During my recent teaching trip to Clark County Quilters in Vancouver, WA, I was fortunate to stay in the home of Sandi Miller. Sandi is a prolific quilter who teaches and enjoys trying a wide range of techniques. She has a beautiful home, made me very welcome and gave me a quilt show of her gorgeous work. Here’s Sandi in her studio. I loved all the cubbies for storing her fabrics and the little shelf along the bottom which is the perfect size for spools of thread.
Sandi had an ingenious way of storing and displaying her wall hangings with several rods bearing quilts supported by the quarter-wheel bracket. Here’s the bedroom in which I slept with a lovely Grandmother’s Flower Garden quilt on the bed and a matching applique floral wall hanging.
This Flying Geese quilt with curved lines of geese and the black background caught my attention in Sandi’s stack. Sandi’s stunning floral quilt was begun in a Melinda Bula class. Thank you Sandi, for giving me permission to share.
Last week I taught at Clark County Quilters in Vancouver, WA. This is a large and active group and over 200 attended my lecture. I always enjoy seeing what each student brings to class. Everyone has different fabrics and visions for their quilts. In the Kaleidoscope Puzzle class, they have the opportunity to experiment and make their own designs from the assortment of kites and wedges they cut. See my video page for a demo of this technique.
Here are my samples displayed in the classroom. Students can use these patterns for inspiration or create their own. It’s fun watching the designs develop as the pieces are laid out.
Students are also inspired by looking at each others’ work and I encourage them to walk around the room to see what is going on, compare notes and make suggestions to one another. It’s also good to stand back and view the design from a distance. Value is really important in this technique and the placement of the lights and darks make a big difference to the composition. I always recommend taking a proper lunch break so that students come back with a fresh eye for their work. As you can see, we had a good variety of fabrics and designs including scrappy and asymmetrical as well as the symmetrical.
What inspires you when you quilt? I suspect that it’s not only seeing the work of others, or quilts in books and magazines. Patterns are in abundance in our everyday lives – in nature, architecture, furnishings, floors, windows, media and so the list continues. I believe that what we create in our quilting designs is strongly influenced by all of these and they provide us with inspiration.Staying open and receptive to seeing what is around us is fun and helps us build our store of ideas. It may be a particular color combination, or a geometric design that gets us started and as the work evolves, other factors come into play based on our visual and life experiences, whether it’s traveling the world or staying close to home.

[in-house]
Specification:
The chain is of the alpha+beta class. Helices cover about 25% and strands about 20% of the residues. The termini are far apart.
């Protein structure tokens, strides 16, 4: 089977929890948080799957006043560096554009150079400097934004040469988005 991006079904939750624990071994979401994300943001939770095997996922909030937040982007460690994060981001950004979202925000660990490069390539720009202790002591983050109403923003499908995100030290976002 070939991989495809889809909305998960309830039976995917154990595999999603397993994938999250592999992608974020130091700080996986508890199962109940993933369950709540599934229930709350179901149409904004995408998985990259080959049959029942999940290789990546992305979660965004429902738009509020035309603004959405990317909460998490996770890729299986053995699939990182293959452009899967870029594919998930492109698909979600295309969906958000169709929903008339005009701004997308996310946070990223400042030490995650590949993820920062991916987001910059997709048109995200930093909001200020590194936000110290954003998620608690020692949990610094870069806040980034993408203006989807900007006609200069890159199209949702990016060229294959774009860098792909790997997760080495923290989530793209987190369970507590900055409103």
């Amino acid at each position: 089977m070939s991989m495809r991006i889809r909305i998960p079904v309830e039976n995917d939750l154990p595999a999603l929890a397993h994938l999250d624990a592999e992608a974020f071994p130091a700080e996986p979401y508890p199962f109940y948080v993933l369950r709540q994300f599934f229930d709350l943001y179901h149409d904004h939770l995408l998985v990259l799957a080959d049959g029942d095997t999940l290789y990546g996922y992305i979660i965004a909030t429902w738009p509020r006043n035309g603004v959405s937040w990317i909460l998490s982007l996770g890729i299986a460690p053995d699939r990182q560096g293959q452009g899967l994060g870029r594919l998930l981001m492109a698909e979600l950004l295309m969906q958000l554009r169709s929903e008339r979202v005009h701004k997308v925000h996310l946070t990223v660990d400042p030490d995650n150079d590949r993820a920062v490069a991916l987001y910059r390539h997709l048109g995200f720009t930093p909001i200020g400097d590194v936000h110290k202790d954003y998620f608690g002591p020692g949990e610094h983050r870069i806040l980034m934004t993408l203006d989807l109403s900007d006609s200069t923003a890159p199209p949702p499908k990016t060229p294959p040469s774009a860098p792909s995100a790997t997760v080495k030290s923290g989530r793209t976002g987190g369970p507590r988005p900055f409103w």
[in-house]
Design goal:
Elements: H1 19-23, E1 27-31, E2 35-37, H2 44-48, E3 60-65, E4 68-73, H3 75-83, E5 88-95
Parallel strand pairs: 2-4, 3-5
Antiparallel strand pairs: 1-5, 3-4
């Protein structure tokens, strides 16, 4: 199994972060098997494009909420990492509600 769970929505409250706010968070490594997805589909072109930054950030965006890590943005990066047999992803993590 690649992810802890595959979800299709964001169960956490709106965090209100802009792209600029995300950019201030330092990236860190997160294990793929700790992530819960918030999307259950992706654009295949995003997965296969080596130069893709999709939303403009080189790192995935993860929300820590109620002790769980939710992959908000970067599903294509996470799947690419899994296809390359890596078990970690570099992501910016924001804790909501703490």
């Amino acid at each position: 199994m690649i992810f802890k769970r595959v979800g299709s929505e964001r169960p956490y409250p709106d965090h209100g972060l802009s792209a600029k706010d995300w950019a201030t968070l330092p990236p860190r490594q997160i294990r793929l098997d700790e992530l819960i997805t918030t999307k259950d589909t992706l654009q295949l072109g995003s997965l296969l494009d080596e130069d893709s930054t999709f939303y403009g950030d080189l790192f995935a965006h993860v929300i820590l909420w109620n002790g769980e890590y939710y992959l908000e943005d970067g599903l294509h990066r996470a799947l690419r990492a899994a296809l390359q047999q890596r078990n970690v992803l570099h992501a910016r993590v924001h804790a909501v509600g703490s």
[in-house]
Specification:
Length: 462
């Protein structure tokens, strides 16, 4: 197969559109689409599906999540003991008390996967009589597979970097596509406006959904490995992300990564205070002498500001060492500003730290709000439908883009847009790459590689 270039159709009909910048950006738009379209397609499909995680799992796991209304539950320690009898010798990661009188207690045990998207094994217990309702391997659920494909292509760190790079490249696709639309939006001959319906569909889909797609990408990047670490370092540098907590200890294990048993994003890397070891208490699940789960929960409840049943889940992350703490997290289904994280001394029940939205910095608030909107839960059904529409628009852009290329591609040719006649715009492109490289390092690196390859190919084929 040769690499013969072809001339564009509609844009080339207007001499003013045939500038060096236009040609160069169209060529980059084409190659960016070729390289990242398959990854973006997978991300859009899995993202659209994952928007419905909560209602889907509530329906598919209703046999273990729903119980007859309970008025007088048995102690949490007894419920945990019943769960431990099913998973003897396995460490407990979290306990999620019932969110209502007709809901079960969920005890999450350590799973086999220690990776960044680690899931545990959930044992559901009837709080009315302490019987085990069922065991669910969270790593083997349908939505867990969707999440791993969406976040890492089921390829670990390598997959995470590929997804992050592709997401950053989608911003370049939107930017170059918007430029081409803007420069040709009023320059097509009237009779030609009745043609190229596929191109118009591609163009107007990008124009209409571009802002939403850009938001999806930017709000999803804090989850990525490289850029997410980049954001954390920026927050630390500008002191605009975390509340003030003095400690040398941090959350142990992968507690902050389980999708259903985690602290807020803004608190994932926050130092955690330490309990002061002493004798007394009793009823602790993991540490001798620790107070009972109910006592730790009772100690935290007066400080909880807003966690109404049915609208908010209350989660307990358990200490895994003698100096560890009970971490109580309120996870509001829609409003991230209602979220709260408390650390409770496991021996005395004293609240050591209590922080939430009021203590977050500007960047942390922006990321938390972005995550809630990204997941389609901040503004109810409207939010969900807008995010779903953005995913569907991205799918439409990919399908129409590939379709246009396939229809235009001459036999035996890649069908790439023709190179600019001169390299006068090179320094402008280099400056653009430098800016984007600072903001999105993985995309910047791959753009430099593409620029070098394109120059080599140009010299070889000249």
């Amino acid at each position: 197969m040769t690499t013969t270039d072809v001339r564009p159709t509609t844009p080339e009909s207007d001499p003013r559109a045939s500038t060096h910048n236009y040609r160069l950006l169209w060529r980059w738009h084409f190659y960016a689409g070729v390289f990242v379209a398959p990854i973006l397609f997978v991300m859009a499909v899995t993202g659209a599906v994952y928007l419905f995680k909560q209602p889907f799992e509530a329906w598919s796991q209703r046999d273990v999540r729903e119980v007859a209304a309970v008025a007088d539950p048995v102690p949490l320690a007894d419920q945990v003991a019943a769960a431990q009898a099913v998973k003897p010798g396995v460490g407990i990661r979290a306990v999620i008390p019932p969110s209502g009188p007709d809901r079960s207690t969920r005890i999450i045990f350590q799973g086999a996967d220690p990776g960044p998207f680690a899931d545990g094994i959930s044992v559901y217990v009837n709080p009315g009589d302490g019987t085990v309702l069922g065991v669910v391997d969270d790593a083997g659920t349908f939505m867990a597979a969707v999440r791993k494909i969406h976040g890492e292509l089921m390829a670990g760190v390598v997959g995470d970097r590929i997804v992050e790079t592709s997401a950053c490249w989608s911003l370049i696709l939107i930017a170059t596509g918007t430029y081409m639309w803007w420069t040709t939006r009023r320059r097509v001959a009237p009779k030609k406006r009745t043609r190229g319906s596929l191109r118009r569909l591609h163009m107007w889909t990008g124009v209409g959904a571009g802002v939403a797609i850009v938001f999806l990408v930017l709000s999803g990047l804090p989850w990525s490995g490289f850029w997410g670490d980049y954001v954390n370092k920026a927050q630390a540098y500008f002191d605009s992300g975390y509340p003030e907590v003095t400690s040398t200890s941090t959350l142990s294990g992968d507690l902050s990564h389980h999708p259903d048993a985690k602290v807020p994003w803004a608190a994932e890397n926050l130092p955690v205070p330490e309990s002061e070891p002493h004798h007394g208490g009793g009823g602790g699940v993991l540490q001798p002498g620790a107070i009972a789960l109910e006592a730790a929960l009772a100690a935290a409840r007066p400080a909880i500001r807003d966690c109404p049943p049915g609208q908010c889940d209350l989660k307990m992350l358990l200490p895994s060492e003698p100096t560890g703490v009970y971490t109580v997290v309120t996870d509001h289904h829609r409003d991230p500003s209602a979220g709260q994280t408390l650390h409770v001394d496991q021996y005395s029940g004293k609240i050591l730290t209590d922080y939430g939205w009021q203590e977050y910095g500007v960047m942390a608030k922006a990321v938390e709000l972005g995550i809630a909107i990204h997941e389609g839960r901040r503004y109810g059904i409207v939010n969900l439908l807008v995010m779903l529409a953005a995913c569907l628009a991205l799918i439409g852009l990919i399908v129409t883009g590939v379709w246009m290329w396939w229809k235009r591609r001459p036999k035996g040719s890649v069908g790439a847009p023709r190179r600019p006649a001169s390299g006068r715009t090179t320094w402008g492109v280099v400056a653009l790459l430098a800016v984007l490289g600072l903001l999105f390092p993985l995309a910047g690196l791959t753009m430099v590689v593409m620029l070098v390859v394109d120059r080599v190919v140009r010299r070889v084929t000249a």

In this era of android phones, it is very easy to snap photos any time we see something that captivates our imagination and that can be stored for a future quilting project. This graphic work of art hangs on a wall in the baggage claim area at Seatac International Airport. The photo shows only half of it. All the colored circles are reflective discs and this is a stunning vibrant piece.It reminds me of the Trip Around the World pattern (most appropriate for an airport). Unfortunately, there was no information on the artist.
I snapped this one out of the plane window when I was returning home from Texas in mid-November. It was somewhere in northwestern TX or SE Colorado, probably not far from Amarillo, The light dusting of snow highlights the patterns created by the irrigation circles and it looks very quilt-like to me.
Happy New Year! May 2015 be a stellar year for you!
Many people make New Year resolutions, but it is often hard to maintain the discipline to follow through. I find it helpful to break down my goals into small chunks, month by month, week by week and even day by day. Large goals can be overwhelming, but doable when divided into smaller pieces. I’m a great list writer and every day have lists of things I want to accomplish. In 2014, my lists seem to have consisted of damage control and keeping up with the most urgent items. I haven’t had time to consider the long term goals for my quilting activities. However, despite the on-going difficulties, I continued to teach and thoroughly enjoy traveling and sharing my quilting passion with others. I feel ready to embrace the New Year with whatever it brings and I hope that you do too.
The image above was created using Kaleidoscope Kreator software on a photo of my quilt, Celestial Garden. Here is a picture of the quilt, 84″ x 84″, which I made in 2002. It was a finalist and placed 5th in the National Quilt Museum’s contest: New Quilts from an old Favorite: Feathered Stars.